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Background and rationale
Cycling (for transport, commuting or leisure) has well-established positive direct relationships with, and effects on, health.1 A recent evidence review identified that cycling is associated with reduced risk and lower incidence of multiple physical and mental health conditions.2 Systematic review and meta-analysis have shown cycling to be associated with lower risk of premature all-cause mortality.3 Indirectly, when cycling replaces motorised transport it can also reduce emissions that harm health and the environment.4
With the population and individual benefits of cycling increasingly accepted, it is important to understand what can be done to promote this behaviour. A helpful model for considering the scale, design and implementation of cycling promotion interventions is the ecological model,5 6 which suggests that interventions can be targeted at the: (i) individual level, (ii) social level (including organisational), (iii) physical environment, (iv) the policy level or finally (v) across multiple levels.5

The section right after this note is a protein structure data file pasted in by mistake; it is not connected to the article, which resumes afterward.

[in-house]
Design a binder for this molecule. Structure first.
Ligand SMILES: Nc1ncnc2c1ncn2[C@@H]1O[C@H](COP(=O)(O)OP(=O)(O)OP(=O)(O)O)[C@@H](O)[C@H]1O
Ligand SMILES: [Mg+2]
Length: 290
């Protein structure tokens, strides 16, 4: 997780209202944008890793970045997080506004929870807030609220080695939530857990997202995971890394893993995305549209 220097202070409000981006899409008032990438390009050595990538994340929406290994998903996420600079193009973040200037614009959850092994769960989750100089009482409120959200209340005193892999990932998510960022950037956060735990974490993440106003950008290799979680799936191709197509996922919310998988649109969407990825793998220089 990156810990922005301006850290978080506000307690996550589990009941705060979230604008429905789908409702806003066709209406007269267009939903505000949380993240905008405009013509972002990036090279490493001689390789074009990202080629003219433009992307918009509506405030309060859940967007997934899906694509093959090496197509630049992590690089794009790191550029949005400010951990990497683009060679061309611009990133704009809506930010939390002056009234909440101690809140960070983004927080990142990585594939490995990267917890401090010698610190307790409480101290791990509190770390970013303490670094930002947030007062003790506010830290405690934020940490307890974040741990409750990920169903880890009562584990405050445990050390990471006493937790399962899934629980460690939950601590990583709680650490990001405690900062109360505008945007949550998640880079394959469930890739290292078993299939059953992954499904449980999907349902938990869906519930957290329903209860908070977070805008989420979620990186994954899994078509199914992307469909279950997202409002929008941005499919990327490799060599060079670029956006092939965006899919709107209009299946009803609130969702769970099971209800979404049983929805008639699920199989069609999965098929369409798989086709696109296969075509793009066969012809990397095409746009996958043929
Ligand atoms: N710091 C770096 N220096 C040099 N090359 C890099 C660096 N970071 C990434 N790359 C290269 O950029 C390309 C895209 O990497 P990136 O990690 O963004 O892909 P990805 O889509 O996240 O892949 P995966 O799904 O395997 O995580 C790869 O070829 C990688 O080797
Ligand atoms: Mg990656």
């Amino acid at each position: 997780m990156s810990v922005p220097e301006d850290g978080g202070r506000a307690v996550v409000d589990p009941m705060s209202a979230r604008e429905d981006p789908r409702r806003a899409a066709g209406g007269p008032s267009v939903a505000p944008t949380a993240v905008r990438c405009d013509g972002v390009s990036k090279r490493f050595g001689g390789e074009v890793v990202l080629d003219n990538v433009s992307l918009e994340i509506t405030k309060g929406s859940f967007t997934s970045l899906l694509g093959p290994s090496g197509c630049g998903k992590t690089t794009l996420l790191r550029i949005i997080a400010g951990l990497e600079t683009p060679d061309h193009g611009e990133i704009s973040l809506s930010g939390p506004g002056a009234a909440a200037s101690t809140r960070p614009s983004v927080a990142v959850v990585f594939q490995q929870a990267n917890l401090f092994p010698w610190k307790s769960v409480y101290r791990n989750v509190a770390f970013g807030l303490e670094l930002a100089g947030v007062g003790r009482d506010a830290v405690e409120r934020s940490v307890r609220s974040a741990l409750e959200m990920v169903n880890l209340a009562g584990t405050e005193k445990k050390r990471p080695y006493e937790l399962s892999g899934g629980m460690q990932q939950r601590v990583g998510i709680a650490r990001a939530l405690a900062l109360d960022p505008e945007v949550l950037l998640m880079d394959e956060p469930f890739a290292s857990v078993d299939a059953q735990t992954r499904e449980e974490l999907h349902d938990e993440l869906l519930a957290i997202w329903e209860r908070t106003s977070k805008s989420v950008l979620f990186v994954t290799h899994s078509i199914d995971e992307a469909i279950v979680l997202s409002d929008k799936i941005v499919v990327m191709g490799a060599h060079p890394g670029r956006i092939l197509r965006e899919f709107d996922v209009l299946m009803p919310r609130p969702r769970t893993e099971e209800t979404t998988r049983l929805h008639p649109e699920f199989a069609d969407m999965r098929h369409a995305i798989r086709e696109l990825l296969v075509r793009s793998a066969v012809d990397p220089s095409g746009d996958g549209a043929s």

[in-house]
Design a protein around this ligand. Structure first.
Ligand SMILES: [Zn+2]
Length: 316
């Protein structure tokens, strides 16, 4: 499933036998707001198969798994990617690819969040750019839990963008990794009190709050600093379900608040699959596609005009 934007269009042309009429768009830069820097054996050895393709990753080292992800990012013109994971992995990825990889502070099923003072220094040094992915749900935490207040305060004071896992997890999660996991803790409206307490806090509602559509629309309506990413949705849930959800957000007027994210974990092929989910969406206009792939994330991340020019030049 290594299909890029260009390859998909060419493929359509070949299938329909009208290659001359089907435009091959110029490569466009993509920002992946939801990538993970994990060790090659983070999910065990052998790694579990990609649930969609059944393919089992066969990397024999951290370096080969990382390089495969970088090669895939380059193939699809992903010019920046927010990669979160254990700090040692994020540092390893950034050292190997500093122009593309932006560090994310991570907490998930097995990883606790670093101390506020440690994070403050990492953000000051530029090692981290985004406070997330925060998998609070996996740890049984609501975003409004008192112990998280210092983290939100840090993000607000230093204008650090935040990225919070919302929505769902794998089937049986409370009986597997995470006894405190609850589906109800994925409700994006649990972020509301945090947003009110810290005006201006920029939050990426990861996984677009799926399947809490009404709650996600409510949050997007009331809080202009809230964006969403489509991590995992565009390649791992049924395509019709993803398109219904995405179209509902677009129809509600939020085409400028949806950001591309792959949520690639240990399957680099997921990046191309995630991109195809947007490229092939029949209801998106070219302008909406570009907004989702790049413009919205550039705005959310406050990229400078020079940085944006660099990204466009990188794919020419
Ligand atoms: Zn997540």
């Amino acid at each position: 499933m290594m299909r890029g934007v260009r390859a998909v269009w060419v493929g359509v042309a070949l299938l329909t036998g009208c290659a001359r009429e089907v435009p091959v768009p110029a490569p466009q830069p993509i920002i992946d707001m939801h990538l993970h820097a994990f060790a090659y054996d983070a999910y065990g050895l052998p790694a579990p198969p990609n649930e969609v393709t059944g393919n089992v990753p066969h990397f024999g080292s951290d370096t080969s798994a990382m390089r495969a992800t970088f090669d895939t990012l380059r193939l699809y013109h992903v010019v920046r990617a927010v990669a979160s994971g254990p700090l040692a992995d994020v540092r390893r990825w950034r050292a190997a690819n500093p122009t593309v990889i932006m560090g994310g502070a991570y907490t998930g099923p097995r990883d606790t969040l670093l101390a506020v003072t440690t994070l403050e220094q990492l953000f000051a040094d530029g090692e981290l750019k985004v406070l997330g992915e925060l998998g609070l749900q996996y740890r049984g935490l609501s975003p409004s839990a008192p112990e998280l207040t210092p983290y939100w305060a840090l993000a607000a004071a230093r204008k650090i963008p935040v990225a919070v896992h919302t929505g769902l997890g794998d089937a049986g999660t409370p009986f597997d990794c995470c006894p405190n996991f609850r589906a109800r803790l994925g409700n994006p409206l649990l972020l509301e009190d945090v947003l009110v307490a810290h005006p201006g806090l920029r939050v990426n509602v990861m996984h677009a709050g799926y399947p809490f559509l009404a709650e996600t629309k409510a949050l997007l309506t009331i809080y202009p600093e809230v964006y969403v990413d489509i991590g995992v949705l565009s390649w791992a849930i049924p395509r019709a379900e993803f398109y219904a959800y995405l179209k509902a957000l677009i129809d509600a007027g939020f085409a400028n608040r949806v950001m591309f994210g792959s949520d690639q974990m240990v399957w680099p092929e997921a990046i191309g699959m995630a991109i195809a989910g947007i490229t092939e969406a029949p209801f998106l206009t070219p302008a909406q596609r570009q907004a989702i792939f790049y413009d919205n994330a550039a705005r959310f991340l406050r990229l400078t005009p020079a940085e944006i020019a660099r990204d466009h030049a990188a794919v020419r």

There already exists a comprehensive evidence base for cycling (and active travel) interventions and health, characterised by a number of systematic reviews and meta-analyses. These are summarised in table 1, and show the breadth of evidence for cycling promotion at different levels of the ecological model. The evidence reported in table 1 suggests that there is a considerable body of evidence for the effectiveness of large-scale built environment approaches to promote cycling, with multiple reviews reporting on these approaches.7–13 The evidence emphasises the importance of creating safe, designated (or segregated), connected and supportive routes and urban environments. In contrast, there is more of an evidence gap for ‘behaviour based’ initiatives at the social or individual level, with Stewart et al noting ‘little robust evidence’ and Savan et al describing a ‘paucity of evidence’.14 15 Porter et al recently noted there is limited evidence for the factors that can affect cycling at the ‘institutional level’.16